After cooking the books for the past several years to make hyperbolic claims of economic growth, the Ethiopian government finds itself, again, at odds with the International Monetary Fund over this year’s projected GDP growth figures.
The IMF says Ethiopia’s economy will grow by 6.5 percent in 2013 while the government insisted a double-digit 10 percent based on, of course, fabricated and massaged GDP statistics.
Such Dubious claims to only imply the country is in some kind of runaway economic development are not the first and will not be the last. Taking Ethiopia’s largely aid dependent economy with a net Official Development Assistance (ODA) of 5 billion dollar a year, bragging about a multi-year runaway GDP defies not only economic realities but also common sense.
However, for a number of years the Ethiopian government has been pulling public relations tricks by using the IMF as a front to channel its own preferred economic statistics to prove its economic prowess and success to the world. However, since recently, the IMF has stopped accepting at face value GDP related data from the Ethiopian Central Statistics Office after it has learned that the country’s statistics collection methods are full of speculations and exaggerations. Since then, it called for a complete “transformation” of the agency and started to implement its own “staff estimates and projections” before it incorporates the statistical fairy tale of the Central Statistics Office in its annual reports.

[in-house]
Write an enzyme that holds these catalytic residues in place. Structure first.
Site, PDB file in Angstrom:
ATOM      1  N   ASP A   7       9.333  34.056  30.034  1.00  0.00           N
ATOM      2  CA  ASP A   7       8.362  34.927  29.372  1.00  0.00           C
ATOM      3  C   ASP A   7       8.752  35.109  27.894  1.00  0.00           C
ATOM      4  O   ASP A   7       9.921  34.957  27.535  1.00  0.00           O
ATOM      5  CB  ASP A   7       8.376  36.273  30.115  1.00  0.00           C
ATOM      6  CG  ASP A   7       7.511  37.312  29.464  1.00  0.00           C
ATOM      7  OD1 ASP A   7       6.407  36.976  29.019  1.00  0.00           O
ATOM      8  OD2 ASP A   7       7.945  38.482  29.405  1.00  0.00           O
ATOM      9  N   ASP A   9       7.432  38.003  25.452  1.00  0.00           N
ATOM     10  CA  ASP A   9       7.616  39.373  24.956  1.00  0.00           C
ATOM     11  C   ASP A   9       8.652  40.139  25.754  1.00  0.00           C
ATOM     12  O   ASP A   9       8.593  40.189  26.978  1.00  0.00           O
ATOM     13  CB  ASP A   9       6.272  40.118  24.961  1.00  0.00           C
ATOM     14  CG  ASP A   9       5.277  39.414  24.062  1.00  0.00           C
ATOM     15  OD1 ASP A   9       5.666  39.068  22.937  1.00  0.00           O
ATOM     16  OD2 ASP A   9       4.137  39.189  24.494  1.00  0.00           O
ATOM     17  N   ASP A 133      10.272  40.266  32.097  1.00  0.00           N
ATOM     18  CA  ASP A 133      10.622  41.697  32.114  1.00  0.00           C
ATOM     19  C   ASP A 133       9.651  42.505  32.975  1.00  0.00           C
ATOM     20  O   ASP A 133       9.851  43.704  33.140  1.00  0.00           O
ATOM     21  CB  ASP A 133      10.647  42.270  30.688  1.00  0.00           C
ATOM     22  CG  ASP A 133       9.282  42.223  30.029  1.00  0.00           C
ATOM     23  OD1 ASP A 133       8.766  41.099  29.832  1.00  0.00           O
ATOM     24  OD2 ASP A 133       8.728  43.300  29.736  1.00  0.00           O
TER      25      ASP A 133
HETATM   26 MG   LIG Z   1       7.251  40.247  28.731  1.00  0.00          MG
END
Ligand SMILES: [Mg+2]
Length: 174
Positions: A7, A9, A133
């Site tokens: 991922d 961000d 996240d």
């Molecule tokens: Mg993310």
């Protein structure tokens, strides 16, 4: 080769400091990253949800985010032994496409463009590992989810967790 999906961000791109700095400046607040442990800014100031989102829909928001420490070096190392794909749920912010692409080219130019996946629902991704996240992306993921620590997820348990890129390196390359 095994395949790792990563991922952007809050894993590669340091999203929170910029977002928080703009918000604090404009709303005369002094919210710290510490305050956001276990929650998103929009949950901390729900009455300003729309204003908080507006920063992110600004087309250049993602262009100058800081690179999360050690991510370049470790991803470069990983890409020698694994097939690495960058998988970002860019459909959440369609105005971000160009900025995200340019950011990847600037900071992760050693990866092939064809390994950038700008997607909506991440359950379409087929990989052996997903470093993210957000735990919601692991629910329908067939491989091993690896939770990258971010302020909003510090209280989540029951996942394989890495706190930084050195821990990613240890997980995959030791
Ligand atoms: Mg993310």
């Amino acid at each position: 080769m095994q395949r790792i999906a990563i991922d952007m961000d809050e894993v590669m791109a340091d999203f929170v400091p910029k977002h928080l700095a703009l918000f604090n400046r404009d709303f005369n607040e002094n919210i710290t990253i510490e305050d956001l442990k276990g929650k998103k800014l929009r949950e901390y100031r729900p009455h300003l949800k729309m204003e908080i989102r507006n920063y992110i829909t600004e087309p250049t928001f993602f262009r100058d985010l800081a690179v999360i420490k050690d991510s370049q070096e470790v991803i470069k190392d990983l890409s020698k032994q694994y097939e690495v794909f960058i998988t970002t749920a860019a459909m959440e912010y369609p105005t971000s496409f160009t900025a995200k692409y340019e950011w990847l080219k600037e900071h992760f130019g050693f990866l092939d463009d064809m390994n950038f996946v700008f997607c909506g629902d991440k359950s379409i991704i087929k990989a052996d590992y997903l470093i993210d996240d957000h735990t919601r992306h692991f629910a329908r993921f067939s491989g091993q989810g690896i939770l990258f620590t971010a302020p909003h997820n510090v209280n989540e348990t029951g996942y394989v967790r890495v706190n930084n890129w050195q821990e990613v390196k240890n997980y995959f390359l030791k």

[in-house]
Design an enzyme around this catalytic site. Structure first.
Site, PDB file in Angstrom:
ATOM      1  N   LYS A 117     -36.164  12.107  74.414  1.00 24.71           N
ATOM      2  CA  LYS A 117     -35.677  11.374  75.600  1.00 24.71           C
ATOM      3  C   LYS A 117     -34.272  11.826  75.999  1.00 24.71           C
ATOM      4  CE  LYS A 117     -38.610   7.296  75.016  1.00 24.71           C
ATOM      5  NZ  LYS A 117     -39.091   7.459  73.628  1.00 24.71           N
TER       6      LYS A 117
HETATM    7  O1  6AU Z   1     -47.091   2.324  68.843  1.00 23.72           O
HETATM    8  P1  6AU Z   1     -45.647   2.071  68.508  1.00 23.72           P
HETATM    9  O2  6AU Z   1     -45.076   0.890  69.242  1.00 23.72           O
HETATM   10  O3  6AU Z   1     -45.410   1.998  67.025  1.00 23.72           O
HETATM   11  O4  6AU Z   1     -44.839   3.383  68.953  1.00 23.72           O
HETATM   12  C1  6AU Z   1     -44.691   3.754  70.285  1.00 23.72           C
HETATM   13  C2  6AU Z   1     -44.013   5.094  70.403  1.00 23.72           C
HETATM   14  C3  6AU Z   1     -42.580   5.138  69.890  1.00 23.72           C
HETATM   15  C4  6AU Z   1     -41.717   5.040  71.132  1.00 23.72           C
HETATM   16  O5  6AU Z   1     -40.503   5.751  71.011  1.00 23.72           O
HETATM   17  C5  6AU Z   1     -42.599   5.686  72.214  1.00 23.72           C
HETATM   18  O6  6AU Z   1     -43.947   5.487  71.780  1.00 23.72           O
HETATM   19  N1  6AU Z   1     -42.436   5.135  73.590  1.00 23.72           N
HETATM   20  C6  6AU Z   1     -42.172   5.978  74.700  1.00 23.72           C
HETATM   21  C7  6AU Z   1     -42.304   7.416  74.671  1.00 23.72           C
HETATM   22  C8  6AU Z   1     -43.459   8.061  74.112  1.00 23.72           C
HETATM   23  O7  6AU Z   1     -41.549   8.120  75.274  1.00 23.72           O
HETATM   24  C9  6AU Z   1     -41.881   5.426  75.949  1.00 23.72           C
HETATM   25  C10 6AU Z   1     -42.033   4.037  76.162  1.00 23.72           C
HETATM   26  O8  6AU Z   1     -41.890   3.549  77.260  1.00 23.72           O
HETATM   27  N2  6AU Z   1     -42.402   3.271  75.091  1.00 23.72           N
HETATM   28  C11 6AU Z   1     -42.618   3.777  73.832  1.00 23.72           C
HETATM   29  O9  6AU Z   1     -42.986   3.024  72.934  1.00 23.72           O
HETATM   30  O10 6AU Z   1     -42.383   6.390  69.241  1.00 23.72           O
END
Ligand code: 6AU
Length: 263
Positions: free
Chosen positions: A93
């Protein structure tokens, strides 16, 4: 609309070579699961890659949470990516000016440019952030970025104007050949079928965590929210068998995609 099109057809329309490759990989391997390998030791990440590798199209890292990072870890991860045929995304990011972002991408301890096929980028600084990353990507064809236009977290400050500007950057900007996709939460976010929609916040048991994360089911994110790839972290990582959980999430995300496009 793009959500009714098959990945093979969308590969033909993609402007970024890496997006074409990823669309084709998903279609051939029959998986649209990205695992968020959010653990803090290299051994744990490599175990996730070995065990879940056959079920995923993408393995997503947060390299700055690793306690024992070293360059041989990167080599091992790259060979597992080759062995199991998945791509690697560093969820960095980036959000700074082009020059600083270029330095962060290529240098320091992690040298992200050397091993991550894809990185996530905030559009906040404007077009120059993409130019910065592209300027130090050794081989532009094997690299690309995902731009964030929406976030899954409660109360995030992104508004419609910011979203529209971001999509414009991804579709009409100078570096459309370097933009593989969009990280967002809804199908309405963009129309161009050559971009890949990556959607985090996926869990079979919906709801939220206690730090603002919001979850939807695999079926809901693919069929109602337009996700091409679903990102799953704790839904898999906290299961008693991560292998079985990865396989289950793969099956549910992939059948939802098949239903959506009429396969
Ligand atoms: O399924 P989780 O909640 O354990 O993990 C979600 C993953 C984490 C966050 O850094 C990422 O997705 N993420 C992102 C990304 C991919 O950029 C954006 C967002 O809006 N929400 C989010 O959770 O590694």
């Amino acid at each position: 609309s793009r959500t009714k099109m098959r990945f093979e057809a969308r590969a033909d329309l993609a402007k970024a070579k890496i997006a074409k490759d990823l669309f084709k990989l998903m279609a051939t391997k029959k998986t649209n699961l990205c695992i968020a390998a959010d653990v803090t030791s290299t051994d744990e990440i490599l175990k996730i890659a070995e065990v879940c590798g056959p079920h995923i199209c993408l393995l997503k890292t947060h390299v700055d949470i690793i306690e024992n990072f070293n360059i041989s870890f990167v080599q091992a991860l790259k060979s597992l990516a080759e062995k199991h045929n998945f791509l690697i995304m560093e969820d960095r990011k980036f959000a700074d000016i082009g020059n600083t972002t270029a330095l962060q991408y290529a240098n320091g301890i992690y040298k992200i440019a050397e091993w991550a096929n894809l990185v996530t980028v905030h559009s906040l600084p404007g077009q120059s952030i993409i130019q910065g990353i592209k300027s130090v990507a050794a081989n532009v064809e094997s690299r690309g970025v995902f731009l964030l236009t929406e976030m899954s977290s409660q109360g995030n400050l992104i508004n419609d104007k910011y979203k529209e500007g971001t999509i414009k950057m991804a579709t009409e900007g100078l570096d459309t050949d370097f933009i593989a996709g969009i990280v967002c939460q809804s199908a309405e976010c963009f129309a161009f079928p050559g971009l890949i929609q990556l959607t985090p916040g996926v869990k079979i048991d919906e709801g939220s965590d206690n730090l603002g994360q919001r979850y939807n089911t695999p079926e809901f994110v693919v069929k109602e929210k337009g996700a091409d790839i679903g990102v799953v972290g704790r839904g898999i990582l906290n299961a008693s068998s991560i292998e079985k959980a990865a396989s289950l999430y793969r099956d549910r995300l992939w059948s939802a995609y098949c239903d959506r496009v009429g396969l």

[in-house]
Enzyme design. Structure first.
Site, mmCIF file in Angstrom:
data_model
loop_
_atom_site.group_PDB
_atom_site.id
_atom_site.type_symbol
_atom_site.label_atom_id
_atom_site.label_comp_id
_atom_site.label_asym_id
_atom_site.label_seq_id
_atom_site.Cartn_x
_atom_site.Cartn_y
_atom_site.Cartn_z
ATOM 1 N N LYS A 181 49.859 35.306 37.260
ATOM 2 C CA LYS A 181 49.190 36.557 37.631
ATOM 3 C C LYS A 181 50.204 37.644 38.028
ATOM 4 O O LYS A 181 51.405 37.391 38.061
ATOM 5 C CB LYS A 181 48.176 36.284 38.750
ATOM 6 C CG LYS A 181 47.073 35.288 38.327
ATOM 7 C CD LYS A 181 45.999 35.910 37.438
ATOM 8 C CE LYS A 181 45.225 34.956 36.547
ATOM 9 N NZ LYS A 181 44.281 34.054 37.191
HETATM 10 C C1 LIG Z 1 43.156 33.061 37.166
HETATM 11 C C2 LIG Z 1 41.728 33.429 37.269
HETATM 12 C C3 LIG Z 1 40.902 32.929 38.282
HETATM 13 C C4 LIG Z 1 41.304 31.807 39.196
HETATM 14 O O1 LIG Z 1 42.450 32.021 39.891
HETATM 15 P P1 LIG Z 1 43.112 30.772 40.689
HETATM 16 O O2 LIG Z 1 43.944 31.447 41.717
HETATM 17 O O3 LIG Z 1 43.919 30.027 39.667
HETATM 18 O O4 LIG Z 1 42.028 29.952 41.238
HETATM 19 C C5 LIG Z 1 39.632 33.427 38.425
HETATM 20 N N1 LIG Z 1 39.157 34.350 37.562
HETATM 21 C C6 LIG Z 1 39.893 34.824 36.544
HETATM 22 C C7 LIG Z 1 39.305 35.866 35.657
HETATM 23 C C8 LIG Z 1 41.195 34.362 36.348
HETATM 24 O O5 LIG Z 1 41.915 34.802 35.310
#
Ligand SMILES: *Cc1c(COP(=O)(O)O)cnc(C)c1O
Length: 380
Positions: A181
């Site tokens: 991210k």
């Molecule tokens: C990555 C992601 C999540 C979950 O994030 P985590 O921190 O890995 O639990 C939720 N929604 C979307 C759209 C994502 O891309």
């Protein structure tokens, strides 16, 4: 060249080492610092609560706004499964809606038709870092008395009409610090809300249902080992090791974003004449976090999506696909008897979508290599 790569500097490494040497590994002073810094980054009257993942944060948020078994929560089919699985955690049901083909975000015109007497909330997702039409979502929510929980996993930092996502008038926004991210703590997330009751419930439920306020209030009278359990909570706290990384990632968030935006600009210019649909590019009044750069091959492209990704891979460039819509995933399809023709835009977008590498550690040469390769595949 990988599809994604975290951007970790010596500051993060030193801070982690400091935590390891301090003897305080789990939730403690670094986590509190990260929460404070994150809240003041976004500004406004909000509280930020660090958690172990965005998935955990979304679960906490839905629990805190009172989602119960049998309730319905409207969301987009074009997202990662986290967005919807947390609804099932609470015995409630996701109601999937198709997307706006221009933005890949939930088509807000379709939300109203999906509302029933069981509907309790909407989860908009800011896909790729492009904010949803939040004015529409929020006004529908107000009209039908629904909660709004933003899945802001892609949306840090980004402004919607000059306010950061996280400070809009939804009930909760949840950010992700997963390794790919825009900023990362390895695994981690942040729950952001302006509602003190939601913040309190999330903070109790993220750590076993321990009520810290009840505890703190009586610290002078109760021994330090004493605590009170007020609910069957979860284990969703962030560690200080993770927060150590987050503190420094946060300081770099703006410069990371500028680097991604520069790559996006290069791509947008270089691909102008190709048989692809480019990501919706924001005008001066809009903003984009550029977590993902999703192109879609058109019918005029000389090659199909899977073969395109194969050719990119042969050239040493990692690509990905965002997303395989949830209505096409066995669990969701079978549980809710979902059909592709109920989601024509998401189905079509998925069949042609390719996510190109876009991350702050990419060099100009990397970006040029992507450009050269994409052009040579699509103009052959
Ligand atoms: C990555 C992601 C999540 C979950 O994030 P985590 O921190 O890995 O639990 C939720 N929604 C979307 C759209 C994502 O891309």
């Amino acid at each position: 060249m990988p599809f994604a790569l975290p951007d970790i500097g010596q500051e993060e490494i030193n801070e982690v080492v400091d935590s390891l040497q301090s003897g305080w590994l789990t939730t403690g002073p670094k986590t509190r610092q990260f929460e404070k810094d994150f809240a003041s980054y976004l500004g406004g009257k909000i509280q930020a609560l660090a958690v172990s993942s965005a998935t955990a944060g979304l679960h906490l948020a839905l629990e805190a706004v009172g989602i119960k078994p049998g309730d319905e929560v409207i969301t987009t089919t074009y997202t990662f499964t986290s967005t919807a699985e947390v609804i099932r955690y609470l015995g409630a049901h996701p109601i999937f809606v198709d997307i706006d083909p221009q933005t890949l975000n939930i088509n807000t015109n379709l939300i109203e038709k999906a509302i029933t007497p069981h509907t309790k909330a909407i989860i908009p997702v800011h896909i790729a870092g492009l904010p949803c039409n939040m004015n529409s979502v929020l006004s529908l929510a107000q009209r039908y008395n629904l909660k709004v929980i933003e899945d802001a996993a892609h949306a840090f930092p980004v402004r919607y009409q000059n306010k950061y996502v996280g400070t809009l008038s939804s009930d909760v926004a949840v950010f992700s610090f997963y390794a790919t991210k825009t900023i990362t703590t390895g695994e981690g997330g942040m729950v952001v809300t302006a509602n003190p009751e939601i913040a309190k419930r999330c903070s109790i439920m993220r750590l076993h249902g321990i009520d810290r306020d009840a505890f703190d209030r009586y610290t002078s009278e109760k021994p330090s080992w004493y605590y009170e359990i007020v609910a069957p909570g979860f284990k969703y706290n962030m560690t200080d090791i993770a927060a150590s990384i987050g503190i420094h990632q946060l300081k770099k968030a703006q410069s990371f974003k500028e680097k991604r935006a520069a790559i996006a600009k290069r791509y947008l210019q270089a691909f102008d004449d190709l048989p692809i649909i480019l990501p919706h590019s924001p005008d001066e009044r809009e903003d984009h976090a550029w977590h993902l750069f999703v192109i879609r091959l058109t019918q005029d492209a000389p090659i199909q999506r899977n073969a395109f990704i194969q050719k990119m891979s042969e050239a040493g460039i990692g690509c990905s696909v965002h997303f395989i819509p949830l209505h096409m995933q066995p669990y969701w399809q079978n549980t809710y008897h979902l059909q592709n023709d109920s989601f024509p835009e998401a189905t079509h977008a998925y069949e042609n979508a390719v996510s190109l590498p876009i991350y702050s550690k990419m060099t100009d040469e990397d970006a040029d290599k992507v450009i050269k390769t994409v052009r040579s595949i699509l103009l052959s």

All of these economic bluster and wind-bagging about unmatched economic boom, prosperity and progress comes from a regime that highly described as one of “the most economically illiterate in the modern world.”
In a country of 80 million out of which 12 million survives on an emergency relief assistance, with 70% urban youth unemployment rate and the lowest youth literacy rate in Africa, ungoverned rate of corruption, over 25 billion dollar in capital flight, mounting military spending financed on borrowed money coupled with almost half of Ethiopia’s export revenues earmarked to meet debt-servicing obligations, the only double-digit growth Ethiopians witnessed so far was the amount and number of off shore bank accounts of their tribal leaders.